Keywords: Louisville Bats; AAA Minor League Baseball; teams; team; sports; sport; sporting; America’s Favorite Pastime; Louisville; Kentucky; Kentuckiana; South; southern; USA; United States of America; Norfolk Tides; Slugger Field; pitcher; pitching; pitch; ball; balls; bat; batting; batter; batters; umpire; umpires; umpiring; catcher; catchers; catch; catching; infield; infield; field diamond; diamonds; grass; grass; backstop; back stop; stops; backstops; people; player; players; man; men; athlete; athletes; athletics; hand-eye coordination; compete; competitors; competitor; competition; competing; anticipate; anticipation; anticipating; reflex; reflexes; determined; determination; hitters; hitter; minor leaguer; minor leaguers; tossing; toss; tosses; flamethrower; flamethrowers; fireballers; fireballer; speed; fast; quick; speedy; quickly

Try to enjoy your next keyword session. 😉


July 18, 2008 - Posted by | Digital Workflow, software, stock photography | , ,


  1. As I came to your site seeing your interview I find myself looking at keywording. I certainly find it a problem both for general SEO and stock photography. – What a pity you can’t explain Alamy rank!

    I’m certainly doing much better than the $1.00/image that you mention but I’ve just re-kewyorded (is there such a term) my whole collection again and waiting to see if it makes a difference.

    You mention that you shoot mostly USA images. – well I live in Bulgaria and I don’t think that anyone in Alamy shoots more of Bulgaria than I do – but for Bulgaria as a keyword I don’t come up front at all. this is a pity for buyers because my coverage is quite comprehensive with good images.

    One more thing – do you follow the Alamy blog because it showcases a keywording tool with an Alamy Specific mode. I’ve downloaded the trial from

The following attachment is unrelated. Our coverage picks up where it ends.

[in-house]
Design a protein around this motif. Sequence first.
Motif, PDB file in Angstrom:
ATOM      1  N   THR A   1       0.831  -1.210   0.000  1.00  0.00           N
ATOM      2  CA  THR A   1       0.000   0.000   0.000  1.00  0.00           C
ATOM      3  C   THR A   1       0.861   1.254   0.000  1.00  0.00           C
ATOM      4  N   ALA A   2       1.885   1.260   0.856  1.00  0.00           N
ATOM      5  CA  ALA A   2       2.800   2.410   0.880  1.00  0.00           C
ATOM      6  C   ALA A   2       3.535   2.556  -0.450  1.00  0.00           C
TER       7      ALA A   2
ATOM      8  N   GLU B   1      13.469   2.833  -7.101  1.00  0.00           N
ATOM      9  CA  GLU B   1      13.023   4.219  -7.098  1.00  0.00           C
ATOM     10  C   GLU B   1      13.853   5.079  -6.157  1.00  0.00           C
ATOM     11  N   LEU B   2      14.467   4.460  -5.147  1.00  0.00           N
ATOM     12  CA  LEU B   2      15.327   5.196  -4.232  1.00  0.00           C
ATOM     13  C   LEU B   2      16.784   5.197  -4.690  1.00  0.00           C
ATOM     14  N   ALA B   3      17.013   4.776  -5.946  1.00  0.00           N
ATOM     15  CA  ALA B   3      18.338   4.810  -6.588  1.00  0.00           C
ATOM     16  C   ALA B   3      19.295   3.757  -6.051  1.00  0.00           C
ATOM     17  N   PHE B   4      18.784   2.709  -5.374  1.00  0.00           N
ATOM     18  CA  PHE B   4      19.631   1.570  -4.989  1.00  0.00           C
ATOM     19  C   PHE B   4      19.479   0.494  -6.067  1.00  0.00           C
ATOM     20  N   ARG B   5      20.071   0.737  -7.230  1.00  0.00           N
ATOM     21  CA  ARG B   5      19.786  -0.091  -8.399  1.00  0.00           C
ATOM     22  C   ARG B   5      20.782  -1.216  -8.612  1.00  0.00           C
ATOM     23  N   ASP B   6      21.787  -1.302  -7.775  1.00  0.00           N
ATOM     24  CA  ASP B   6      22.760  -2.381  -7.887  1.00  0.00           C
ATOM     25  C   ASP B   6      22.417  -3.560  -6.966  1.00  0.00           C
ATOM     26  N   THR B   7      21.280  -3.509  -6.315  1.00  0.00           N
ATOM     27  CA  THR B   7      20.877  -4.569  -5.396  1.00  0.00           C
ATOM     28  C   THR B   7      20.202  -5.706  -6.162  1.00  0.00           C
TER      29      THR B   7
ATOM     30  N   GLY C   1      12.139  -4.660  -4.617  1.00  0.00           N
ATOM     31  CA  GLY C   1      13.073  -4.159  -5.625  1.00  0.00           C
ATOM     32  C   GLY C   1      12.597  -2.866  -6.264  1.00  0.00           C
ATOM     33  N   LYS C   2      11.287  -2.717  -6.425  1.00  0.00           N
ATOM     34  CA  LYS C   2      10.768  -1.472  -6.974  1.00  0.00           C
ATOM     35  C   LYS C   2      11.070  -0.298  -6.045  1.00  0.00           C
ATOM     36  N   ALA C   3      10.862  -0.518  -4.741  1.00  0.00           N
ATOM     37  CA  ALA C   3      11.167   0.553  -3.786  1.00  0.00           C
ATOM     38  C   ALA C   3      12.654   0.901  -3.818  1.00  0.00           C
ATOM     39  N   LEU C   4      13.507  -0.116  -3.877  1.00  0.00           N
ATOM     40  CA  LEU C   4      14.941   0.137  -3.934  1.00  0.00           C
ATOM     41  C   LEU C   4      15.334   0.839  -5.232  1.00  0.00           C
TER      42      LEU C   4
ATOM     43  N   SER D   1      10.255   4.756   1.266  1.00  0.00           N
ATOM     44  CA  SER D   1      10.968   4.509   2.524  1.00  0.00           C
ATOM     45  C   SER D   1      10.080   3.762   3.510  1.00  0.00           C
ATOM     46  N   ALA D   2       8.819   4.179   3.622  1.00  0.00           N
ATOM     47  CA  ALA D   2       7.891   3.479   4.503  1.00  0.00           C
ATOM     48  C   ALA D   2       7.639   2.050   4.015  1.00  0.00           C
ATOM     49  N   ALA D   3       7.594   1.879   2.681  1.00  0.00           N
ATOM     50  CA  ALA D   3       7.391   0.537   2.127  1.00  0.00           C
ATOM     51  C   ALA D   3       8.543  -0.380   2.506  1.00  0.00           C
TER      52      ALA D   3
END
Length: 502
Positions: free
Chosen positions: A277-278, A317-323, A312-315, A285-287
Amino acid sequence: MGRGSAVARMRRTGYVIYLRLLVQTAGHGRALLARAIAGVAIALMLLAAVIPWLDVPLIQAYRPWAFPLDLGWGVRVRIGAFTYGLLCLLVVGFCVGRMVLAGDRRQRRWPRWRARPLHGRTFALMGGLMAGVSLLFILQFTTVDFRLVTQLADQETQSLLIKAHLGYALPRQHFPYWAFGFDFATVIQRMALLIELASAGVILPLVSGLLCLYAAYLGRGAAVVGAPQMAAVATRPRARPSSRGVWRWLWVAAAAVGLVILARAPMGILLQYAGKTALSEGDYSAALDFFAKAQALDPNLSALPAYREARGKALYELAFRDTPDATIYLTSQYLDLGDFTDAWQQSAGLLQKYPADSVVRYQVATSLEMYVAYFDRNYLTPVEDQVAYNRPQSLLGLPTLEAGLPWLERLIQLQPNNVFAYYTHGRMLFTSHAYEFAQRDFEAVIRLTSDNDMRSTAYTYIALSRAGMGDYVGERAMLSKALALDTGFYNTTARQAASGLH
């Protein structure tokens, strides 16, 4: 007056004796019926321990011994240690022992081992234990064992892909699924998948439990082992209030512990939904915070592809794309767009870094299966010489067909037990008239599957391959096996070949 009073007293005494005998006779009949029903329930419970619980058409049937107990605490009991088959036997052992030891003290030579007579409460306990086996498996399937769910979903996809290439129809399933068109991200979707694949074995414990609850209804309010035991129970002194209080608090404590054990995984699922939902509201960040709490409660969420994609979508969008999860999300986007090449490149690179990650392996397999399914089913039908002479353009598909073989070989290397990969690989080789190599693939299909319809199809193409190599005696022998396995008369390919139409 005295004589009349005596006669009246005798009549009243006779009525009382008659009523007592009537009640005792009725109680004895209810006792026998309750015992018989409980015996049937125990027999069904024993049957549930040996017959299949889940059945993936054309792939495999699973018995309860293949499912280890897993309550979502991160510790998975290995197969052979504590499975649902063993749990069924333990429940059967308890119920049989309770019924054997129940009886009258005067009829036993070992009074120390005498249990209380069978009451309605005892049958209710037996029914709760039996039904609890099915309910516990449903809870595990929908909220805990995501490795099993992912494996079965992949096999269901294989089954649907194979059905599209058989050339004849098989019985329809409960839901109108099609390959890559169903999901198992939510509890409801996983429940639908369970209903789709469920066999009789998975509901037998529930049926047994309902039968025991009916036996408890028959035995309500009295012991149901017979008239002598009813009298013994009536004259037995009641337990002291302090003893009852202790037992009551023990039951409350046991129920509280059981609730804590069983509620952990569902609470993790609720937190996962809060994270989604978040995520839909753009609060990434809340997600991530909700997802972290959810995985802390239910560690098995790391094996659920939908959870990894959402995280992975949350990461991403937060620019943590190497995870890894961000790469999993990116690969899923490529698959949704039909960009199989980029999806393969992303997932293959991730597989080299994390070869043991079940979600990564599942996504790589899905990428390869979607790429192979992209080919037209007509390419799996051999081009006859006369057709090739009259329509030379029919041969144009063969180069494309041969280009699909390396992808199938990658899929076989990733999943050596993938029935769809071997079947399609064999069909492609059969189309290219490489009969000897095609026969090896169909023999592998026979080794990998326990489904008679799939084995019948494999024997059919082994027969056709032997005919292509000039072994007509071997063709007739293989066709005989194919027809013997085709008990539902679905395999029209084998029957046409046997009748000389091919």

Haven’t tried it yet.

    I like your site but I can’t see an rss feed – am I missing something?

    John Rocha

    Comment by John | July 29, 2008 | Reply

  2. Thanks John. The RSS feed is below the Recent Comments on the column to the right.

    Comment by Richard Wong | July 29, 2008 | Reply

  3. I haven’t tried the Image Keyworder yet either. I read some complaints on the Alamy email list that specialists get penalized on the Alamy Rank unfairly but I haven’t followed that much lately.

    Comment by Richard Wong | July 29, 2008 | Reply

  4. […] Previously I wrote about stock photo keywording and software so I thought I’d offer some thoughts on picture captioning. What got me to […]

    Pingback by Photo Captions « Field Report: | January 4, 2009 | Reply

  5. Great article. The thing is these days, many distributors insist upon compliance with a very specific set of metadata guidelines unique only to them. These typically include adherence to specific grammatical rules, restrictions on word/character counts, keyword prioritization, synonym-tolerance, etc. So it’s not enough unfortunately to construct a single set of great keywords. Ideally, you may need as many as 30 different set variations (one for each distributor you intend to place your images for sale with). This is something we make available to our keywording clients and it seems to work really well for them. We talk more about this on our site –

    Comment by Tom B | March 24, 2009 | Reply

  6. Hi Tom. That is an interesting service that you have in that you can customize each set for a specific agency. The problem with Alamy mainly is trying to decide which are your top priority keywords, of which you have about 50 characters to fit them into.

    Comment by Richard Wong | March 29, 2009 | Reply

  7. Richard, thanks for the kudo. I know what you mean with Alamy, but we’ve actually got that covered. Without giving too many trade secrets away, I can tell you that the heart of our approach is a weighted keywording system that gives certain keywords more priority over others (depending on context of course). With an Alamy set, the highest priority words get placed into the Essential field, then the next most important groups of words get bumped into Main, Comprehensive, and so on. The next part of the equation is to make sure the results adhere to restrictions on character counts, formatting rules, etc. Because of the prioritization aspects of their system, I do acknowledge that subjectivity enters into the Alamy conversation more-so than with other distributors.

    Comment by Tom B | March 29, 2009 | Reply

  8. […] to use their product, I agreed to provide them with a review. In the past I’ve written about photo keywording strategy so that would be a good primer into how I approach keywording. So without further ado, let’s […]

    Pingback by Keyword Smart Software Review « Field Report: | April 10, 2012 | Reply